Background: Parkinson's disease (PD) is the second most frequent neurodegenerative disease of the elderly. Patients suffer from various motor and non-motor symptoms leading to reduced health-related quality of life (HRQOL) and an increased mortality. Their loss of autonomy due to dementia, psychosis, depression, motor impairments, falls, and swallowing deficits defines a phase when palliative care interventions might help to sustain or even improve quality of life.
Objective: The aim of this study was to investigate the current status of palliative care implementation and quality of life in a local cohort of advanced PD patients in order to frame and improve future care.
Methods: 76 geriatric patients with advanced idiopathic PD meeting the inclusion criteria for palliative care interventions were clinically evaluated by neurological examination using Movement Disorders Society Unified Parkinson's Disease Rating Scale, Barthel Index, Montreal Cognitive Assessment Test, and a structured interview concerning palliative care implementation.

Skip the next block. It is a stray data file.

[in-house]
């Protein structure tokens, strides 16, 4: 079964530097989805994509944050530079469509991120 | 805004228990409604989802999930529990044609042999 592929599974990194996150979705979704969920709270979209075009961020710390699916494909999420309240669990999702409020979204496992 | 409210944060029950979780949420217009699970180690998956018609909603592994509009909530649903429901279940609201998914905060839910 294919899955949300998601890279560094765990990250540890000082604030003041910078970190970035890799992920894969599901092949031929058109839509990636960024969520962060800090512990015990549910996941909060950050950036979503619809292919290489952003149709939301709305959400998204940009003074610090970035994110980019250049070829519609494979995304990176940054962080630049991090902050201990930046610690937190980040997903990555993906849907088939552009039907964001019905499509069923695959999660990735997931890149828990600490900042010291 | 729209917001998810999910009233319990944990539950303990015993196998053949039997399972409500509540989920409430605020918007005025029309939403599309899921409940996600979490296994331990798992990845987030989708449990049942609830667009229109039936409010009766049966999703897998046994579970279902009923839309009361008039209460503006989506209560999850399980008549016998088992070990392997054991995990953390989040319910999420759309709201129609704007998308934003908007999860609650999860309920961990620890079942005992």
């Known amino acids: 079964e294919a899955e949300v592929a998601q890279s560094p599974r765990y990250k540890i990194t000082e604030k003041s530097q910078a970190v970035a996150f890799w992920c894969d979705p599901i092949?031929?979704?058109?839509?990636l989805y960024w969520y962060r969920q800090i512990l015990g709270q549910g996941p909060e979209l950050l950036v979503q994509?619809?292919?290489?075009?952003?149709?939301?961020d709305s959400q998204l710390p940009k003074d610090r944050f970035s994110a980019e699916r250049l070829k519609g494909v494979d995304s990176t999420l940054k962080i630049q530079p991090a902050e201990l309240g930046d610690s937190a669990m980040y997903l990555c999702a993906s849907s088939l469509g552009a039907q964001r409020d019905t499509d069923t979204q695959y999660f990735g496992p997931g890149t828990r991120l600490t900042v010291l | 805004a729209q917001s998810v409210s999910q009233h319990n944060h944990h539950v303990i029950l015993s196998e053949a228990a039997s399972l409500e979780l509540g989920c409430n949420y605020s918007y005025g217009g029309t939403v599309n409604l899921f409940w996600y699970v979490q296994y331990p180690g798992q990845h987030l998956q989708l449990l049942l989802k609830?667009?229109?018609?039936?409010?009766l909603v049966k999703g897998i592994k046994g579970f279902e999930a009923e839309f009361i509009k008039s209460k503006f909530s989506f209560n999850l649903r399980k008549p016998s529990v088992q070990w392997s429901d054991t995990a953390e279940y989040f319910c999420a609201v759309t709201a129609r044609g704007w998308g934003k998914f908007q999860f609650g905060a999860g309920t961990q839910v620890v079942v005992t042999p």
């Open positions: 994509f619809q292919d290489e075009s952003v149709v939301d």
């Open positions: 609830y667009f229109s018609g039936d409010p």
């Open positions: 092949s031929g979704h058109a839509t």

Results: HRQOL is severely reduced in our cohort of geriatric advanced PD patients. We found motor deficits, impairment of activities of daily living, depression, and cognitive decline as most relevant factors determining decreased HRQOL. Only 2.6% of our patients reported present implementation of palliative care. By contrast, 72% of the patients indicated an unmet need for palliative care.
Conclusion: Quality of life is dramatically affected in advanced PD patients. However, we found palliative care to be implemented extremely rare in their treatment concept. Therefore, geriatric patients suffering from advanced PD should be enrolled for palliative care to provide adequate and holistic treatment which may improve or sustain their quality of life.
Keywords: advanced Parkinson’s disease; end-of-life care; non-motor symptoms; palliative care; quality of life.